19 My First Flight in Country A Gunship Scramble By Andre Garesche

I arrived at the 134th in July 1970 and was assigned a room. My roommate, whom I hadn't even met yet, Dan Brown, was out on a slick mission. Not knowing where to go or what to do I grabbed the free bunk and took a nap. After a while someone came in and woke me up. A tall lanky guy with a clipboard who told me I was assigned to the gun platoon. He wanted to know what I wanted for a call sign. I said I didn't know and asked him what his was. He said Devil 47, (it was Mark Igoe). I said how about Devil 46. He told me it had to be an odd number so I bumped it down to Devil 45 and that is how I got my call sign. He also told me that I had an orientation flight in the morning.


The next morning I was down at operations waiting. Patrick Pavey was the pilot I was going up with and it was in the chunker ship (019). We cranked up and took off north from Phu Hiep and he explained the low-level Vagabond crossing over Tuy Hoa's active runway. Patrick had a wry sense of humor and as we flew along he said, That's a tree, those are mountains, that's a river, that's the ocean... and you've got it, and with that he gave me the controls.


He said we were going up to Qui Nhon for some lunch. I glanced back and the crew chief and door gunner were asleep. Patrick yawned and stretched and casually reached up to pull the old circuit breaker trick to see if I was watching my guages. Before he even pulled it I told him I was familiar with the trick but never mentioned that I had gone to Gunnery I. P. school. He just shrugged and got comfortable and started to dose off.


Now, imagine my first flight time in Vietnam and I'm up there with three guys asleep. Patrick had told me to just follow the coast and that is what I did. I was just about to where the sunken Japanese ship is when the radios lit up. Patrick sat up immediately and took the controls. There were troops in contact and we were getting a mid-air scramble since we were closest. We did a 180 and headed south towards the river. In a split second the whole crew had snapped to from what I call Nam sleep. You are always half awake!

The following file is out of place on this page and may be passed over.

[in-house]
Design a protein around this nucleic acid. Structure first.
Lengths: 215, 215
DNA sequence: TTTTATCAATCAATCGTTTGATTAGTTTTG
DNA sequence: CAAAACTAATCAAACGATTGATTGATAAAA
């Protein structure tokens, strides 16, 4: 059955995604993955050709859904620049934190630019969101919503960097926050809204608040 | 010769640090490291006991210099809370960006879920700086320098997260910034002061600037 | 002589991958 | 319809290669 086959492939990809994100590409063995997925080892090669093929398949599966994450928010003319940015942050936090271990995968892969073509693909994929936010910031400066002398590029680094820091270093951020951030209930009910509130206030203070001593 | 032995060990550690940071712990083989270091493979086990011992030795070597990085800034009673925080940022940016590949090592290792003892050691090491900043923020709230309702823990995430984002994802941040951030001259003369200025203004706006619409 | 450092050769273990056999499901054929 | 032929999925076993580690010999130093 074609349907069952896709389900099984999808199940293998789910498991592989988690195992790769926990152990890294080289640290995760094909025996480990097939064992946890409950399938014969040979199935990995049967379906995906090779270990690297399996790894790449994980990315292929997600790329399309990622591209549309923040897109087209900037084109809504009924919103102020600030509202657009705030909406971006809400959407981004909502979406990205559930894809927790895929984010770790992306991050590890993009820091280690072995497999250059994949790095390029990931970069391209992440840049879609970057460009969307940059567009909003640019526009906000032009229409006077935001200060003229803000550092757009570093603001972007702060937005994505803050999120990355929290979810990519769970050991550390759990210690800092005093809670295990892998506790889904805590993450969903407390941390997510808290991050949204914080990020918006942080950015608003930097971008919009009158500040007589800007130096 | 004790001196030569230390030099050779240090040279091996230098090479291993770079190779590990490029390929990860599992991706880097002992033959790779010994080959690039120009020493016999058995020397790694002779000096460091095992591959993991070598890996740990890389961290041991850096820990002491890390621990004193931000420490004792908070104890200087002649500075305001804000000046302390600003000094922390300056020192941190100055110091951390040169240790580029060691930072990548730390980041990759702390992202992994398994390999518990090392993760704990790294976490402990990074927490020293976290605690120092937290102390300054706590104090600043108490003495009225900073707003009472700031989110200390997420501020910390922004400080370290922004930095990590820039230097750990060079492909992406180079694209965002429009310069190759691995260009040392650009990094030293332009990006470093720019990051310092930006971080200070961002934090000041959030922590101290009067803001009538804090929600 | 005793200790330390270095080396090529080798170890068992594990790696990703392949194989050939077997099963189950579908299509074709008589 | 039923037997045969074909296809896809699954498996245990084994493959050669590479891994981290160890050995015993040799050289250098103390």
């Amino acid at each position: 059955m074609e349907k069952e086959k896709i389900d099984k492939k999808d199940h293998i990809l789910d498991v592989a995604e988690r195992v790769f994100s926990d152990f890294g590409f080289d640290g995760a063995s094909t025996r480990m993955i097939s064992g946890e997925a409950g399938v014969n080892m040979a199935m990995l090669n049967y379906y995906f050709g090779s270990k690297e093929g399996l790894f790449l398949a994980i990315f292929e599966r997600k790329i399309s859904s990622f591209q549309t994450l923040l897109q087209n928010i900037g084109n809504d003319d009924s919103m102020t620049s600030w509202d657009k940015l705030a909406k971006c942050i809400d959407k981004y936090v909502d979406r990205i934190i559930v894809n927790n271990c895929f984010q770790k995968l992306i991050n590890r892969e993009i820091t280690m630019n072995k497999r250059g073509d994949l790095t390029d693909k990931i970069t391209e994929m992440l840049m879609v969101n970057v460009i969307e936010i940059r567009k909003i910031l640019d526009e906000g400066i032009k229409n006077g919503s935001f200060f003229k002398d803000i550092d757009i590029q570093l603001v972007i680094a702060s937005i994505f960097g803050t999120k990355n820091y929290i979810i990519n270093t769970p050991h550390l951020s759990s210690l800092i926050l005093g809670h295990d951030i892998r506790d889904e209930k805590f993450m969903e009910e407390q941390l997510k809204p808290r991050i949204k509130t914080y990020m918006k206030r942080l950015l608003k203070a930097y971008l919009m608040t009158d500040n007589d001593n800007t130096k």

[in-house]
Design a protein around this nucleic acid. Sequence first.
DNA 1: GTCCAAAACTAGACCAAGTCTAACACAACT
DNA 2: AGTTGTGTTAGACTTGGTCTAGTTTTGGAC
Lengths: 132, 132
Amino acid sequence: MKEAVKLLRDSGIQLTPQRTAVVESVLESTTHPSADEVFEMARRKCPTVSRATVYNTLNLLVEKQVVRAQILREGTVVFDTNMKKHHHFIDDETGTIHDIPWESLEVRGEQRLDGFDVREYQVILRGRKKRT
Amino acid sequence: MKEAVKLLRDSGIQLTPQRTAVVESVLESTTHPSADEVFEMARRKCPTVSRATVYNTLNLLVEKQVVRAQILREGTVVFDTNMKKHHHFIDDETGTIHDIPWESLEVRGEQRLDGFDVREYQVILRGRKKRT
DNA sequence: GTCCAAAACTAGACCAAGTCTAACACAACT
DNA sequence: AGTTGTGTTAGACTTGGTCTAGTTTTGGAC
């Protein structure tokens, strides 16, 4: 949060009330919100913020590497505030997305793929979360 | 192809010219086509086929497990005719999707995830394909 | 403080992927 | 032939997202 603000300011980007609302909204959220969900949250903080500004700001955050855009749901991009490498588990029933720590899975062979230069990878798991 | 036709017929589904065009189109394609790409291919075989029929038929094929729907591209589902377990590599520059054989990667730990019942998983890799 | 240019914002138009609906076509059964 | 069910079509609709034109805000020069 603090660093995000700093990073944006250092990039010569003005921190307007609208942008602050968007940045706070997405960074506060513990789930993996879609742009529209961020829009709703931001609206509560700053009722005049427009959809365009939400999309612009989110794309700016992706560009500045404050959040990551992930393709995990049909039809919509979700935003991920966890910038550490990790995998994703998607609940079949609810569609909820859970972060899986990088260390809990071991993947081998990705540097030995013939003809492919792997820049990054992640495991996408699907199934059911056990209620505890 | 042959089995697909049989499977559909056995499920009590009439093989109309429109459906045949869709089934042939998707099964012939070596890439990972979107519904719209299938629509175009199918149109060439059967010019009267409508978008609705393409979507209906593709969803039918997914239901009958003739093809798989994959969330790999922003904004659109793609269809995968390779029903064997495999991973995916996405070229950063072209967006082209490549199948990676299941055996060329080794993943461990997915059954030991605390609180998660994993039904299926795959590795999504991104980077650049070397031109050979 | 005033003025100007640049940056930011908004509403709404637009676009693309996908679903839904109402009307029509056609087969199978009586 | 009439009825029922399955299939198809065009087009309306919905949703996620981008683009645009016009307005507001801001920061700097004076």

The friendlies were on the north side of the river and the enemy on the south. Patrick asked if I had ever fired a chunker before and I told him that I had. I could tell he was nervous about letting me use the weapon because he explained everything twice as to where to fire and that he was turning my radios off and putting me on AFVN. I guess he thought it would keep me calm. So on my first hot gun run in Vietnam I was listening to Time Won't Let Me by the Outsiders. Some things you never forget.


They taught me a little trick at I.P school. If you role the chunker tube up a little and fire six rounds slowing rollng the tube down, the rounds all land at once. It is sort of like a mini-B-52 strike. The rounds landed exactly where he wanted them. It certainly impressed Patrick because he screamed for me to that again and again. Even the crew was impressed because they were shouting on the intercom. It's difficult to keep in order but when its working the chunker is very devastating and unnerving to the enemy. The ground troops even commented on it.


We expended our ordinance and another gun team was nearly there so we headed home. Patrick said he would do the post flight and would meet me at the Officer's Club. On his way to the club he went by the Operations and pulled my file which indicated that I had been to Gunnery I.P. School. He jokingly gave me a hard time about not telling him. We sat and talked for a long time. Turned out it was his birthday. I had had a pretty full day myself.


AM Def Ser Cam

Last modified: Monday June 27th, 2022